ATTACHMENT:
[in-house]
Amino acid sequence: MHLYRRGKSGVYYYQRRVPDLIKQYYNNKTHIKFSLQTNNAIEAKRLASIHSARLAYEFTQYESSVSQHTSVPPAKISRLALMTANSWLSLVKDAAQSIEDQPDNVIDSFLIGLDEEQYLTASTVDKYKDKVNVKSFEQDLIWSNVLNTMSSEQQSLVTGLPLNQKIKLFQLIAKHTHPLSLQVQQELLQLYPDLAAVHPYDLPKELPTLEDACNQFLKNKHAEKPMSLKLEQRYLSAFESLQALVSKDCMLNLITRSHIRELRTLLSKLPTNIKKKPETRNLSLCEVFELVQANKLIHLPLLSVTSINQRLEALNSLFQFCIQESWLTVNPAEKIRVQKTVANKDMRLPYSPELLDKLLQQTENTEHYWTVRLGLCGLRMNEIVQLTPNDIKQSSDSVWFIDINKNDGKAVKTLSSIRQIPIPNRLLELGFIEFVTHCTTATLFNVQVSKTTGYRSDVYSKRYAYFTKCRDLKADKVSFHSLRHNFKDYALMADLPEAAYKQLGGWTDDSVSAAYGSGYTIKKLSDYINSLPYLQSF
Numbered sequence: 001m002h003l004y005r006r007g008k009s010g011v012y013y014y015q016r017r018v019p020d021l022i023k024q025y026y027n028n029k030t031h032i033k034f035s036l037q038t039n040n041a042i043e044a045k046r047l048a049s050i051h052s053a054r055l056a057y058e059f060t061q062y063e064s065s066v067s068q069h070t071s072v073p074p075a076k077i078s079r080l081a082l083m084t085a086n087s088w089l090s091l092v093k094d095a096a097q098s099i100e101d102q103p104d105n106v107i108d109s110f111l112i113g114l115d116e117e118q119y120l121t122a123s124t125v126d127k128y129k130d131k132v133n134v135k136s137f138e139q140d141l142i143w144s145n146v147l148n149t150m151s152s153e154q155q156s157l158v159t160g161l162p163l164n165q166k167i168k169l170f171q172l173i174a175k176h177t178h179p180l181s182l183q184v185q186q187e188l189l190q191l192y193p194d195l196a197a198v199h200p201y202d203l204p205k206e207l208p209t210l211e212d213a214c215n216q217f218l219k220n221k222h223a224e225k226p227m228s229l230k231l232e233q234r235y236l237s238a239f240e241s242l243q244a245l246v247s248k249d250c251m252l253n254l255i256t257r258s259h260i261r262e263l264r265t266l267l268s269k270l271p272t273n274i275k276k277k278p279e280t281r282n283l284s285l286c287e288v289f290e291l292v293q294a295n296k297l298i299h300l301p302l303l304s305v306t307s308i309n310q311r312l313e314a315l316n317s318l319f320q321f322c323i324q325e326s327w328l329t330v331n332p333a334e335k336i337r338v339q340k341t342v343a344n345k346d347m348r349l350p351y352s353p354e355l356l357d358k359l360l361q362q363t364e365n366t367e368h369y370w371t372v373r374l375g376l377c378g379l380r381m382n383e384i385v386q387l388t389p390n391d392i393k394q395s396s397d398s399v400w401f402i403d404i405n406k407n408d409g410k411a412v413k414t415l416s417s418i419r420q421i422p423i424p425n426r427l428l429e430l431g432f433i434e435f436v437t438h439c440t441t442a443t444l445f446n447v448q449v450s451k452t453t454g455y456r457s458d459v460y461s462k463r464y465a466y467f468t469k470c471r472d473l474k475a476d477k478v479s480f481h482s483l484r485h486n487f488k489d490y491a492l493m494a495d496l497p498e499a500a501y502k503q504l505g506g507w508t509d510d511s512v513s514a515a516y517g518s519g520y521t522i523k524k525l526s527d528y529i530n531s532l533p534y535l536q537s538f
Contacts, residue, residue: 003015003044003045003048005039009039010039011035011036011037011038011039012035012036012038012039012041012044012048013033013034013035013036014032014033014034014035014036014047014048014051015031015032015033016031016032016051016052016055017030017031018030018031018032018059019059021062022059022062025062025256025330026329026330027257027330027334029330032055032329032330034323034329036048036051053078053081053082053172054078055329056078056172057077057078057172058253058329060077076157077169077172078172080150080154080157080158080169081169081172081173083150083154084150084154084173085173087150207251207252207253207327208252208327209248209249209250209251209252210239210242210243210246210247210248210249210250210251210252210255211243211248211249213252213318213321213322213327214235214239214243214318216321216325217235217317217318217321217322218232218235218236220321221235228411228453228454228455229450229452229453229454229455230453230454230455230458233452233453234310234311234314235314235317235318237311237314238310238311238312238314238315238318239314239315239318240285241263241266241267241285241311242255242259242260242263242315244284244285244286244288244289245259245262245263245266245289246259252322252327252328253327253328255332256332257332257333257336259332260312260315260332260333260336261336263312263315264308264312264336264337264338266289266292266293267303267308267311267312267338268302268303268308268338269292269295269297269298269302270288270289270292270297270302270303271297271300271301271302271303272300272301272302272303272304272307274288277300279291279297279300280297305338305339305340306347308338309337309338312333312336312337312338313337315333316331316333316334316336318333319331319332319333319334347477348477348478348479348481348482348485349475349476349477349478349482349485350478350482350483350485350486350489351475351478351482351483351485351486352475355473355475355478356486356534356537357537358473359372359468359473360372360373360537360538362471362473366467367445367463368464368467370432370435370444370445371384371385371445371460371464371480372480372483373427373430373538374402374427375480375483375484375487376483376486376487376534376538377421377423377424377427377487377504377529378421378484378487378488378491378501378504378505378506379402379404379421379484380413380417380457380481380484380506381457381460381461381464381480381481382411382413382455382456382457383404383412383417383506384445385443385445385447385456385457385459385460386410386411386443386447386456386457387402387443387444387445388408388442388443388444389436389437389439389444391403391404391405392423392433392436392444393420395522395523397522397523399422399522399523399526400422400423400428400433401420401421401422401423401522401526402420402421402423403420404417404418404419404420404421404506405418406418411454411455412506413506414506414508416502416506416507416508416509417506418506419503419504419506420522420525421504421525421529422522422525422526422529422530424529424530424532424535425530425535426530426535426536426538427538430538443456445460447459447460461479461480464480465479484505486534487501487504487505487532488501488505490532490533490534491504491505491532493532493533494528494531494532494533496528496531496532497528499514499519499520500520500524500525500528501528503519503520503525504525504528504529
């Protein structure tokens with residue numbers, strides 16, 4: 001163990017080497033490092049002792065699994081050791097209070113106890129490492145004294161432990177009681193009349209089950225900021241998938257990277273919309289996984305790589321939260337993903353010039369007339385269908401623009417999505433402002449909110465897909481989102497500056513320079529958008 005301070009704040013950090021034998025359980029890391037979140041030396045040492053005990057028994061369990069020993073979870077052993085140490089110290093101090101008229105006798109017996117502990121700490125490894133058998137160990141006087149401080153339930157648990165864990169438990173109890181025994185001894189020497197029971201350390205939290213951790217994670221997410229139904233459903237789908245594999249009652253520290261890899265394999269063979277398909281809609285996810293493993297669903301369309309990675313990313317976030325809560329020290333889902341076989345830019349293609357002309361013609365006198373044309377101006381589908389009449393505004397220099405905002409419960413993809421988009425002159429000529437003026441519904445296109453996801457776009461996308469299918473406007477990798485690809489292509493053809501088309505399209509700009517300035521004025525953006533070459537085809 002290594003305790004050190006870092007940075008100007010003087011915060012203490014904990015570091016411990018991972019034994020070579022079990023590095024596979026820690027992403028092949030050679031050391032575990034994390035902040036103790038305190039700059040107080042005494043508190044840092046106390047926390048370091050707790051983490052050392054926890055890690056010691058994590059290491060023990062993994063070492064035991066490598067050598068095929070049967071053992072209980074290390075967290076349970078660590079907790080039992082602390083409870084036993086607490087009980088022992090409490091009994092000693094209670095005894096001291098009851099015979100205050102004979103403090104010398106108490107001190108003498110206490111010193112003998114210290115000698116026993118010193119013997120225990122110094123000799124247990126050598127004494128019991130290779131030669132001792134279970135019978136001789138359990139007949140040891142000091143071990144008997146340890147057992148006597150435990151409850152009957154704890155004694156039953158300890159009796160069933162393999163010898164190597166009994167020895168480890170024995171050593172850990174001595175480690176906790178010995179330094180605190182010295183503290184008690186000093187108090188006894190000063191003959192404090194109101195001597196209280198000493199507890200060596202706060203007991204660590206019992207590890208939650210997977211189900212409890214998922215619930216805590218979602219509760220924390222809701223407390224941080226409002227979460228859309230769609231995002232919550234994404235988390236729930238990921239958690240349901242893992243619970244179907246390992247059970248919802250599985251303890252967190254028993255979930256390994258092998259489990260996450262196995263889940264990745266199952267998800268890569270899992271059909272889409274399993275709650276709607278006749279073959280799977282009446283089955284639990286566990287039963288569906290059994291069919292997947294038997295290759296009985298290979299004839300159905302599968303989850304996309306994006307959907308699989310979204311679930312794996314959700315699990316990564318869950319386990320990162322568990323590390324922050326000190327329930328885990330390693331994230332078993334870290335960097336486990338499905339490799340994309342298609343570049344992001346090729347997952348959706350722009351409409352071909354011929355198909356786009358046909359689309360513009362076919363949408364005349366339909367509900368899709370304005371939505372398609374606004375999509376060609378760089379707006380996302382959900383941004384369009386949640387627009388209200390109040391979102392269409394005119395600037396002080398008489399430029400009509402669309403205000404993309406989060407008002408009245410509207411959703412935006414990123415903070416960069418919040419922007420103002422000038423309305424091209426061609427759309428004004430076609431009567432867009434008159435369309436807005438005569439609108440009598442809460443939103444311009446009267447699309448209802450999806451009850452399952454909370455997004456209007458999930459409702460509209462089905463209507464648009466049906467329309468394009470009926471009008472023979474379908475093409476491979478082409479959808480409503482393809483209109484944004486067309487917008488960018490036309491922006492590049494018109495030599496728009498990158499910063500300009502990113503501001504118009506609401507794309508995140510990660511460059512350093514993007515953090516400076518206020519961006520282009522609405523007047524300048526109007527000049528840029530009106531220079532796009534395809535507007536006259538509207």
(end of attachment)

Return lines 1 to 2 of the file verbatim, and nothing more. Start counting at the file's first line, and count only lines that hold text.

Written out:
[in-house]
Amino acid sequence: MHLYRRGKSGVYYYQRRVPDLIKQYYNNKTHIKFSLQTNNAIEAKRLASIHSARLAYEFTQYESSVSQHTSVPPAKISRLALMTANSWLSLVKDAAQSIEDQPDNVIDSFLIGLDEEQYLTASTVDKYKDKVNVKSFEQDLIWSNVLNTMSSEQQSLVTGLPLNQKIKLFQLIAKHTHPLSLQVQQELLQLYPDLAAVHPYDLPKELPTLEDACNQFLKNKHAEKPMSLKLEQRYLSAFESLQALVSKDCMLNLITRSHIRELRTLLSKLPTNIKKKPETRNLSLCEVFELVQANKLIHLPLLSVTSINQRLEALNSLFQFCIQESWLTVNPAEKIRVQKTVANKDMRLPYSPELLDKLLQQTENTEHYWTVRLGLCGLRMNEIVQLTPNDIKQSSDSVWFIDINKNDGKAVKTLSSIRQIPIPNRLLELGFIEFVTHCTTATLFNVQVSKTTGYRSDVYSKRYAYFTKCRDLKADKVSFHSLRHNFKDYALMADLPEAAYKQLGGWTDDSVSAAYGSGYTIKKLSDYINSLPYLQSF